by Tadhg Hoey
The Tutor receives a text from his supervisor before walking into Student B’s apartment building in the West Village. Student B is having a bad day. Student B answers the door, rolls his eyes, and without saying anything, disappears down the marbled hallway into the bathroom. Unpacking his bag by the living-room window, which looks out over Sixth Avenue, The Tutor notices a bottleneck of pedestrian traffic as people slow down and try to navigate around a homeless man who is lying face down on the sidewalk. In the bathroom, Student B is playing trap music on his phone.
Over Skype, The Tutor explains to his grandmother that he’d gotten a job tutoring the children of Manhattan’s elite. She said that it sounded very glamorous, that his life must be like something off Sex and The City. To his knowledge, his grandmother has never watched Sex and The City.
Sometimes, it feels like The Tutor arrived in this city from another planet, having nothing interesting or useful to say, speaking only the quiet and unprofitable language of awkwardness.
The Tutor asks Student A if there’s something wrong with the dog. Student A shrugs. The dog wanders around the carpet in circles, its head and body tilting inwards. With each circle, the dog moves closer to the centre of the carpet, until it gets there, unsure of which way to go next. Student A tells The Tutor that his mom says his little brother jammed a crayon in the dog’s ear once and it made him weird.
The dog lets out a whimper and lays down on the floor, its head resting on its paws.
Behind Student A, through the thirty-second-floor window of the apartment, blinking planes float through the night sky towards LaGuardia, and the grid of orange lights that make up Queens pours into Brooklyn.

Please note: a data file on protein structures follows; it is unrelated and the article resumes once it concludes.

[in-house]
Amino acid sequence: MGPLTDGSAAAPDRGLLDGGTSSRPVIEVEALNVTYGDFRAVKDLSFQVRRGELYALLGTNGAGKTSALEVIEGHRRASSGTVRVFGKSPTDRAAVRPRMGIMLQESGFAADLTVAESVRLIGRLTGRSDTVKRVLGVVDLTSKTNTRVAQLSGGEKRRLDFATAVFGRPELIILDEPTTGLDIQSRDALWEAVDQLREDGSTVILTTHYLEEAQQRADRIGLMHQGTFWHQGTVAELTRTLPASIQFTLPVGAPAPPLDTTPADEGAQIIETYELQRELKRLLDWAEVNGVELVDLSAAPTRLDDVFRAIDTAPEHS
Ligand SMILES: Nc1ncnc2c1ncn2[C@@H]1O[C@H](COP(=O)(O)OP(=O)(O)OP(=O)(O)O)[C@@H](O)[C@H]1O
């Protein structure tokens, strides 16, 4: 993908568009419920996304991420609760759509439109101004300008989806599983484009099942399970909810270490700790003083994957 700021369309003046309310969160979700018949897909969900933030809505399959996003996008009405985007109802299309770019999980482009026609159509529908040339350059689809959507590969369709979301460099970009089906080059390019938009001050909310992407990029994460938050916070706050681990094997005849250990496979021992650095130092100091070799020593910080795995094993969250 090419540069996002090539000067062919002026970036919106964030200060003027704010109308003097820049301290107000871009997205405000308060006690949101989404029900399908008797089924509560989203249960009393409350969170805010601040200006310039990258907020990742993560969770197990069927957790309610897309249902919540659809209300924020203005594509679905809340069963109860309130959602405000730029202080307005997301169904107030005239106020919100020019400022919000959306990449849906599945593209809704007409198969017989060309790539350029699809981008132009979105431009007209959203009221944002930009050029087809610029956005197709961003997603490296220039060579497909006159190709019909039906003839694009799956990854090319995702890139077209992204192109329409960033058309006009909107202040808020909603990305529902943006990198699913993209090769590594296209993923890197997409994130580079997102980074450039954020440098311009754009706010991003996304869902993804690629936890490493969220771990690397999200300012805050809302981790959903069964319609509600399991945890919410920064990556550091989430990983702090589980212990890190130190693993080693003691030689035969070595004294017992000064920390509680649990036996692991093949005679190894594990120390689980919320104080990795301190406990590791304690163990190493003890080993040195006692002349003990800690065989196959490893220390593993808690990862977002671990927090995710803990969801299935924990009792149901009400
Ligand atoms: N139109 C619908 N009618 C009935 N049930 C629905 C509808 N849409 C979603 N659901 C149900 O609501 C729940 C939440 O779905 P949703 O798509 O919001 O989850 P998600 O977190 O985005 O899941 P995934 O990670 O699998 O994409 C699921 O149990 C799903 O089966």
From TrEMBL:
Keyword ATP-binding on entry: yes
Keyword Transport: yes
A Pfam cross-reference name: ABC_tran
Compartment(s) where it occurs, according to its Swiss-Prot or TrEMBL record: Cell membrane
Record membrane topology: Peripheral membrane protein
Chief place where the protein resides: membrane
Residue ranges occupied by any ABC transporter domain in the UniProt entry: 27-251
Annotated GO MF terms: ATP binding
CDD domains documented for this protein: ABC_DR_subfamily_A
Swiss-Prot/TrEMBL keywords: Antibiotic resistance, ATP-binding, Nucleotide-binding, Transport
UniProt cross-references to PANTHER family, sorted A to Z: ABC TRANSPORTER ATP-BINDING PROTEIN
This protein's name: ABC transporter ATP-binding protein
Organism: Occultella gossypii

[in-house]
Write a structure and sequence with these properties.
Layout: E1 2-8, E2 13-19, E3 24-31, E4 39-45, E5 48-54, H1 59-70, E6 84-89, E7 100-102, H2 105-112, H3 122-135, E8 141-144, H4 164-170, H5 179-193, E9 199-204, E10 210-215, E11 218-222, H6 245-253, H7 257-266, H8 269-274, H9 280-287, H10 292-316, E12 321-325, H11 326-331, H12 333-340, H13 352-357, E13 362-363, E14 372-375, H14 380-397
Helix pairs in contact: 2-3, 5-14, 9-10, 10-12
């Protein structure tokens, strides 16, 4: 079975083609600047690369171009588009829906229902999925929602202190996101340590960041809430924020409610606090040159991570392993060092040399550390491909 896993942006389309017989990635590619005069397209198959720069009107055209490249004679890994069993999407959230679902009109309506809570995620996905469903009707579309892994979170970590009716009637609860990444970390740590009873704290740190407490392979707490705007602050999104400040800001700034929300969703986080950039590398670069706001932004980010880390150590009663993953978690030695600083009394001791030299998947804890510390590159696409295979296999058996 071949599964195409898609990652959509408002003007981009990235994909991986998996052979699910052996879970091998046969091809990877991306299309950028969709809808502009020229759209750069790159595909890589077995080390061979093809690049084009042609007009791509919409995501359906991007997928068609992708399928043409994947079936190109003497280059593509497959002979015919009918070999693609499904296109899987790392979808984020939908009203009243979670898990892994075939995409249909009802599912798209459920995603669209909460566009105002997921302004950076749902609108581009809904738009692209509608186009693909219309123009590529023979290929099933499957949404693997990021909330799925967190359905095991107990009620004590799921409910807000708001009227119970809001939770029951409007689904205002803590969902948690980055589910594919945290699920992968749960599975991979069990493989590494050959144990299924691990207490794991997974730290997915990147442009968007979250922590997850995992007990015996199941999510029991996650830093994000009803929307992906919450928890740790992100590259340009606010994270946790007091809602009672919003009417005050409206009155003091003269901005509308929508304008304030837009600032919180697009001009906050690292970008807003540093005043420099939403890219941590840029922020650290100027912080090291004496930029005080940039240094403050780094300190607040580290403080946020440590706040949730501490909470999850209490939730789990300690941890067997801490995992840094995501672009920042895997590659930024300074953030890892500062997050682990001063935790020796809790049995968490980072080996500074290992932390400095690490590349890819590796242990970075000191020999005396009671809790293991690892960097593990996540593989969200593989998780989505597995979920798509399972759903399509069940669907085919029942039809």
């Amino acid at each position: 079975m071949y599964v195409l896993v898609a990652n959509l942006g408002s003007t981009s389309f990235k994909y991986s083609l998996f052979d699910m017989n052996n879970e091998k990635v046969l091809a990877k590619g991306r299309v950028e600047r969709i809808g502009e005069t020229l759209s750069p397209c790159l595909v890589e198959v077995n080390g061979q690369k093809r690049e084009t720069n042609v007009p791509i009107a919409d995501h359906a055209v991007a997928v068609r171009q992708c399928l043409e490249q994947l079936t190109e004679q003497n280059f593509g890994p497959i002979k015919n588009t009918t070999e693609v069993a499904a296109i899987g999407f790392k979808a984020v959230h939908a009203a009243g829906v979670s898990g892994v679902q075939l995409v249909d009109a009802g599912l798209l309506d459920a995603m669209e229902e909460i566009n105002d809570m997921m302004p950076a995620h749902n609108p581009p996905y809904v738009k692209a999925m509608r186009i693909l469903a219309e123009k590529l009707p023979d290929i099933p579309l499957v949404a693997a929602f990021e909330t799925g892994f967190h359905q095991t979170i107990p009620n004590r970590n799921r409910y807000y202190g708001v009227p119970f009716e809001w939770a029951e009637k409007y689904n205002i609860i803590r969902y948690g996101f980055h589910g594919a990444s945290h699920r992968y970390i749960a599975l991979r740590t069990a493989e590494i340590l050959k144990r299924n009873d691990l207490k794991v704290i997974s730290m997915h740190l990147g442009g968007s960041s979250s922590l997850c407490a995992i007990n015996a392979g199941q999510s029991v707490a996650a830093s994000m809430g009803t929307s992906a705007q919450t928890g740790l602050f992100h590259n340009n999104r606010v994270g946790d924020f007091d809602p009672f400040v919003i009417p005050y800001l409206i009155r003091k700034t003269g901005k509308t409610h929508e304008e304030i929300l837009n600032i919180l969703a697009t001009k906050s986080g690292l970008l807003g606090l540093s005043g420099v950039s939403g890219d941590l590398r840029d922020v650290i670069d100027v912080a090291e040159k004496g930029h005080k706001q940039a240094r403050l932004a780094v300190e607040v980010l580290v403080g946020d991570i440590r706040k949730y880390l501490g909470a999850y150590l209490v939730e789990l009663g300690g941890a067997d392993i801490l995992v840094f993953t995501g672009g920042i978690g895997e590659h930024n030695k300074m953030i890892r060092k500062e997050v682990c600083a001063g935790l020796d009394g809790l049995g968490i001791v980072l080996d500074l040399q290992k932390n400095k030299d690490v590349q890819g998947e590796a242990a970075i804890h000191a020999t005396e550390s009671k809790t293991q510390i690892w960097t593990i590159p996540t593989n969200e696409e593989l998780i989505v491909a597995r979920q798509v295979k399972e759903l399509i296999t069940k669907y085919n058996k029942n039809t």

Student C’s mother texts The Tutor ahead of their meeting. Wait in the corridor plz. When he arrives, she is panicked. She has two iPhones in one hand, and a tiny poodle nestled in the crook of her arm. She has a list of things they need to work on to prepare for an upcoming admissions exam. The best Catholic school in Jersey, apparently. His father had gone there. When The Tutor walks into the apartment, Student C is lying on the couch, playing Fortnite. Trap music pours out of his phone’s tinny speakers. A brown paper McDonald’s bag rests against his flank like a tiny, loyal dog. He ignores The Tutor.
The Tutor goes on Linkedin to look for jobs. He has six months to find a job that will sponsor a work visa so that he may stay in the US. The number one recommended job for The Tutor in Manhattan is Equities Specialist. The number one recommended job in Brooklyn is Horse Whisperer. The Tutor spends the evening watching The Horse Whisperer.
The Tutor spends five minutes looking for a pair of socks, and another five trying to find a pair without holes in them. He gives up, spends a minute, without breathing, emptying all of his socks into a bag which he leaves on the street, next to the other rubbish, so that he will never have to look at them again.